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A jointer is essential in any woodworking shop where rough wood needs to be smoothed out, squared and made even ready to be joined. However, since these can be pretty pricey tools, it’s important to take the time to do your research and find a machine that will be effective, reliable and long-lasting.
In our best jointer for woodworking guide, we will be showing you some of our favourite tools as well as giving you some tips to help you make the right decision when buying.
What To Look For When Choosing A Jointer
There’s very little point in going out and buying the first jointer you lay eyes on. The chances that it will meet your exacting needs are slim so we would strongly recommend looking over the features to make sure it’s the right product for you. If you’ve never purchased a jointer before, you may be wondering what is most important to look out for; here are our top tips.
The bed width tells you a lot about the size of wood that the machine is able to handle. This is an important thing to think about because the width of the jointer will be reflected in the price. You will normally find that a larger jointer costs more money. If you don’t need something huge then there’s no point in forking out all that extra cash.
Normally a cutting width between six and eight inches will be more than enough for hobby woodworkers and most professionals. However, if you’re a pro who needs to flatten much wider boards then you may need to look for something much larger.
What’s even more important, however, is to look at how accurately oriented the bed is to the cutting knife. If this is out by even the tiniest amount, it can affect the cutting efficiency hugely so it’s important that the bed is well made and that the manufacturer has very tight tolerances during production.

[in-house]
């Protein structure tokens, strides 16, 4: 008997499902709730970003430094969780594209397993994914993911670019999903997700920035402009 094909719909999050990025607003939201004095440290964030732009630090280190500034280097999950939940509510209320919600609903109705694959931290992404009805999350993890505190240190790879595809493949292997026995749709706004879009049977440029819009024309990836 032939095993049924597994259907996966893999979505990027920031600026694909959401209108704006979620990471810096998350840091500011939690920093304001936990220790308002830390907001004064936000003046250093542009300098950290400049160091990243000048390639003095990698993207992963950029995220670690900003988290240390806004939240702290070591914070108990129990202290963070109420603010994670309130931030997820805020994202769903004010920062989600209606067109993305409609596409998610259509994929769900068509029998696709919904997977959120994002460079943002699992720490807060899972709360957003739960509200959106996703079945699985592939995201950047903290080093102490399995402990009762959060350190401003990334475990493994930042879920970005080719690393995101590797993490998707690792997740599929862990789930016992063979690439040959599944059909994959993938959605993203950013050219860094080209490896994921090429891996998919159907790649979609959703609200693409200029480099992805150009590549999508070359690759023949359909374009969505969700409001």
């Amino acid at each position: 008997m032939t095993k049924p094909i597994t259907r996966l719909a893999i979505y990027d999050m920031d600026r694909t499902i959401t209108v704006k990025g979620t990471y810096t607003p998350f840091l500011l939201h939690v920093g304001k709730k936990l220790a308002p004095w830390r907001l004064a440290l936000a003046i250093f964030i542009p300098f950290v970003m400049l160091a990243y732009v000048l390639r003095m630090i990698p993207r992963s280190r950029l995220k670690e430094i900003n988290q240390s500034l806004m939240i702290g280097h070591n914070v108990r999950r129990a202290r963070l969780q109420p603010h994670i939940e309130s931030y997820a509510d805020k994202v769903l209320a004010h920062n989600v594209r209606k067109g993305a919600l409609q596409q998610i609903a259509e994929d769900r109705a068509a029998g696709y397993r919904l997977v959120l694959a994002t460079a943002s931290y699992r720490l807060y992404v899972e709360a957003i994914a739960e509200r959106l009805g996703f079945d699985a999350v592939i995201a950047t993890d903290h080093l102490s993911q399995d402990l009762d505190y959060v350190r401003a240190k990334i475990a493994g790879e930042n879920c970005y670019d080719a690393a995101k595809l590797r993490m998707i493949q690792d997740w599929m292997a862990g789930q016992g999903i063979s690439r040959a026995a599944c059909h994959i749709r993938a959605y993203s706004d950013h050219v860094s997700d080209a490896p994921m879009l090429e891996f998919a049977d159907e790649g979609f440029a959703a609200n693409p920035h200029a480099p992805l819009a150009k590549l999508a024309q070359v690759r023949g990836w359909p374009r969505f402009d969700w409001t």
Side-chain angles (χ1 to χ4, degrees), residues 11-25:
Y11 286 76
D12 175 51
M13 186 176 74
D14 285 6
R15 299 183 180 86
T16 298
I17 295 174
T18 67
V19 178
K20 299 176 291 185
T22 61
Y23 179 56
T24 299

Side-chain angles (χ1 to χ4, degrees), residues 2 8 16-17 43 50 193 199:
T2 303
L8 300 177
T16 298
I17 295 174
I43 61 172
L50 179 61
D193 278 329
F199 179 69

Normally, you will find that the blades on your jointer are pretty impressive when you first set it up from brand new. However, over the course of time, your blades are going to wear down, and this will happen more quickly the more often you use the machine.
This is why it is advisable to choose a jointer with the highest quality blades as this will make them last longer and reduce how often you have to replace them. That said, when it comes to replacing the blades, we would suggest going for a curved blade over a straight one as there is less risk of snapping and these curved blades tend to last longer without dulling.
Using a jointer can be a risky business if it isn’t used safely. We have some excellent safety tips in this article but it is a good idea to look for a tool that has plenty of safety features. This might include an automatic stop and safety guards, among other things.
Fences And Guards
Your jointer will have fences and guards which will keep the material straight and aligned as you move it across the table. You’ll want guards and fences that are adjustable so that you can cut wood at varying angles and this is usually done using a lock/unlock feature.
You’ll also find that an adjustable fence is great when you need to secure your stock with clamps for times that you may also need to employ the use of handheld tools.
Maximum Cut Depth
Just like cutting width is important when buying a jointer, cutting depth is also a key feature to look at. The cutting depth determines how many passes you will need to make in order to trim the wood to the desired size.
Many jointers will have a standard depth of either half an inch or three-quarters of an inch. However, you should be looking for one whose depth is adjustable as this makes for a much more versatile piece of equipment.
Ease Of Use
For many people, using a jointer will be a new experience and the last thing you want is something that is a nightmare to operate. It should be easy and smooth to move the stock across the blade with easy to reach on and off controls.